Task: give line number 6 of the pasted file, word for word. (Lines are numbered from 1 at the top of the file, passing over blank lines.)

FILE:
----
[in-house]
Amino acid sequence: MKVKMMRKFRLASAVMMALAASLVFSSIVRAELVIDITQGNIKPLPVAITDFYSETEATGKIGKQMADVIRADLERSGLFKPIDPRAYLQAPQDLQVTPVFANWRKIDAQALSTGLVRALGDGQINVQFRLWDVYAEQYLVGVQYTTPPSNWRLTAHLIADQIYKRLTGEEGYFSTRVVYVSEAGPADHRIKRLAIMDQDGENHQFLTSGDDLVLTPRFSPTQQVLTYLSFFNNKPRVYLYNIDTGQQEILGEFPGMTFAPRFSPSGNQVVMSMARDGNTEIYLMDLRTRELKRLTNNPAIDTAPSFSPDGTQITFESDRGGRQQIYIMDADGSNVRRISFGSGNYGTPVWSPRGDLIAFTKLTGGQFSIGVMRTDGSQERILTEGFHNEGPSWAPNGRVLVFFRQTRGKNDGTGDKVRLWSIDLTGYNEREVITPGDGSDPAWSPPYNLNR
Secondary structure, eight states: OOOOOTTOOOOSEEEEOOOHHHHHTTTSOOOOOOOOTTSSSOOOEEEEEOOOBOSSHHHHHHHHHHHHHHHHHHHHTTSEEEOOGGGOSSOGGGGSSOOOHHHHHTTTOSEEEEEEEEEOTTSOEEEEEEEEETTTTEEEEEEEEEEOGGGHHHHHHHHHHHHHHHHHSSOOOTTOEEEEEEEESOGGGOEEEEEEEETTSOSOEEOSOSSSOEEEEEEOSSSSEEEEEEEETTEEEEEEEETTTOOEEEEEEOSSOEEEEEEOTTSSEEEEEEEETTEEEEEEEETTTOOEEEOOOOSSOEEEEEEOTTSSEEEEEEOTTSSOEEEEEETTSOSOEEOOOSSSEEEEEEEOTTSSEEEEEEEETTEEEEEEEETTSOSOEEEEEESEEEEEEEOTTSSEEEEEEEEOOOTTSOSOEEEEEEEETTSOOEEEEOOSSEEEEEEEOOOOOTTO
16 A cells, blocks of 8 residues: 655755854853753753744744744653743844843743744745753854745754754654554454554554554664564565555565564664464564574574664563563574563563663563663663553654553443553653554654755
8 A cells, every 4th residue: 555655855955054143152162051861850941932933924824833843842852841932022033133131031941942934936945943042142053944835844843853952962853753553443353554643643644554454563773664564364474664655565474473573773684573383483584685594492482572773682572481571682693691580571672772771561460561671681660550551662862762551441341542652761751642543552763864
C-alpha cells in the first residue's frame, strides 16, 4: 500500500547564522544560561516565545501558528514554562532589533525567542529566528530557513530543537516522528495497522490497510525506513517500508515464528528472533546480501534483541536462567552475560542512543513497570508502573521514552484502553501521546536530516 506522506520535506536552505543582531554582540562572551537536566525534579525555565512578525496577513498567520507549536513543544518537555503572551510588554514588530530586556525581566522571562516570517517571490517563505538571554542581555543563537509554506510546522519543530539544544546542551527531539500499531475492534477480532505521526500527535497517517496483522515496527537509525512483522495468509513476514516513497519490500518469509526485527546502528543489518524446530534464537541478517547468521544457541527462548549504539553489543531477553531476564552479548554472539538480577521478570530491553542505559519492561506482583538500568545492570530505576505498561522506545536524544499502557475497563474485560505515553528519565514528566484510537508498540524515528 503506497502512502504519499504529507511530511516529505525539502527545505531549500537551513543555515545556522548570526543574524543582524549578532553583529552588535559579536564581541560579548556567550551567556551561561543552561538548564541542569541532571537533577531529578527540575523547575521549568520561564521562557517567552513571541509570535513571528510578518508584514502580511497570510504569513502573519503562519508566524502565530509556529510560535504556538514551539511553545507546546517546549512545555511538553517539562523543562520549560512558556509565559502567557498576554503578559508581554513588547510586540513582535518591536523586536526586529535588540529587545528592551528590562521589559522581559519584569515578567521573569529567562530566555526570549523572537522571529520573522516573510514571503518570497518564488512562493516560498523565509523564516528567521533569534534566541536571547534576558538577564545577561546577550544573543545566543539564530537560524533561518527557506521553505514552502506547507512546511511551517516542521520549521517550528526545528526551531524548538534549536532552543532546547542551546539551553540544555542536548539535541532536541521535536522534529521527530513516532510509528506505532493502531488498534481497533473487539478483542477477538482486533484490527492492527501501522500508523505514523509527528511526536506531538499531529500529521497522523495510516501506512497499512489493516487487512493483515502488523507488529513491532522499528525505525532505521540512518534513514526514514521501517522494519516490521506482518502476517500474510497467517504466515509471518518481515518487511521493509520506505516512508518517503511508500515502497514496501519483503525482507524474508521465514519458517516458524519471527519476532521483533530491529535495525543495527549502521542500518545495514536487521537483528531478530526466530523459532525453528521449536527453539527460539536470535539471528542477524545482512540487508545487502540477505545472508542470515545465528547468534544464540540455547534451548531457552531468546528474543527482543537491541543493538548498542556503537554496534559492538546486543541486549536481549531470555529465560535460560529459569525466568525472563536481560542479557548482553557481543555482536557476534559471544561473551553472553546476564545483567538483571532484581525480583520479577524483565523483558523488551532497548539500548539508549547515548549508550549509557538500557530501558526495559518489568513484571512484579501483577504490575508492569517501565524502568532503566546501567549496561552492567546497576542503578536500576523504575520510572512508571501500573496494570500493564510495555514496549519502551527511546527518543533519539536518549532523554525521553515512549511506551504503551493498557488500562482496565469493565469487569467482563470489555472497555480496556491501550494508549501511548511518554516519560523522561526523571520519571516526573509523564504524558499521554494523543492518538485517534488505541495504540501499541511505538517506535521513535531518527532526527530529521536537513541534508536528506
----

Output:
C-alpha cells in the first residue's frame, strides 16, 4: 500500500547564522544560561516565545501558528514554562532589533525567542529566528530557513530543537516522528495497522490497510525506513517500508515464528528472533546480501534483541536462567552475560542512543513497570508502573521514552484502553501521546536530516 506522506520535506536552505543582531554582540562572551537536566525534579525555565512578525496577513498567520507549536513543544518537555503572551510588554514588530530586556525581566522571562516570517517571490517563505538571554542581555543563537509554506510546522519543530539544544546542551527531539500499531475492534477480532505521526500527535497517517496483522515496527537509525512483522495468509513476514516513497519490500518469509526485527546502528543489518524446530534464537541478517547468521544457541527462548549504539553489543531477553531476564552479548554472539538480577521478570530491553542505559519492561506482583538500568545492570530505576505498561522506545536524544499502557475497563474485560505515553528519565514528566484510537508498540524515528 503506497502512502504519499504529507511530511516529505525539502527545505531549500537551513543555515545556522548570526543574524543582524549578532553583529552588535559579536564581541560579548556567550551567556551561561543552561538548564541542569541532571537533577531529578527540575523547575521549568520561564521562557517567552513571541509570535513571528510578518508584514502580511497570510504569513502573519503562519508566524502565530509556529510560535504556538514551539511553545507546546517546549512545555511538553517539562523543562520549560512558556509565559502567557498576554503578559508581554513588547510586540513582535518591536523586536526586529535588540529587545528592551528590562521589559522581559519584569515578567521573569529567562530566555526570549523572537522571529520573522516573510514571503518570497518564488512562493516560498523565509523564516528567521533569534534566541536571547534576558538577564545577561546577550544573543545566543539564530537560524533561518527557506521553505514552502506547507512546511511551517516542521520549521517550528526545528526551531524548538534549536532552543532546547542551546539551553540544555542536548539535541532536541521535536522534529521527530513516532510509528506505532493502531488498534481497533473487539478483542477477538482486533484490527492492527501501522500508523505514523509527528511526536506531538499531529500529521497522523495510516501506512497499512489493516487487512493483515502488523507488529513491532522499528525505525532505521540512518534513514526514514521501517522494519516490521506482518502476517500474510497467517504466515509471518518481515518487511521493509520506505516512508518517503511508500515502497514496501519483503525482507524474508521465514519458517516458524519471527519476532521483533530491529535495525543495527549502521542500518545495514536487521537483528531478530526466530523459532525453528521449536527453539527460539536470535539471528542477524545482512540487508545487502540477505545472508542470515545465528547468534544464540540455547534451548531457552531468546528474543527482543537491541543493538548498542556503537554496534559492538546486543541486549536481549531470555529465560535460560529459569525466568525472563536481560542479557548482553557481543555482536557476534559471544561473551553472553546476564545483567538483571532484581525480583520479577524483565523483558523488551532497548539500548539508549547515548549508550549509557538500557530501558526495559518489568513484571512484579501483577504490575508492569517501565524502568532503566546501567549496561552492567546497576542503578536500576523504575520510572512508571501500573496494570500493564510495555514496549519502551527511546527518543533519539536518549532523554525521553515512549511506551504503551493498557488500562482496565469493565469487569467482563470489555472497555480496556491501550494508549501511548511518554516519560523522561526523571520519571516526573509523564504524558499521554494523543492518538485517534488505541495504540501499541511505538517506535521513535531518527532526527530529521536537513541534508536528506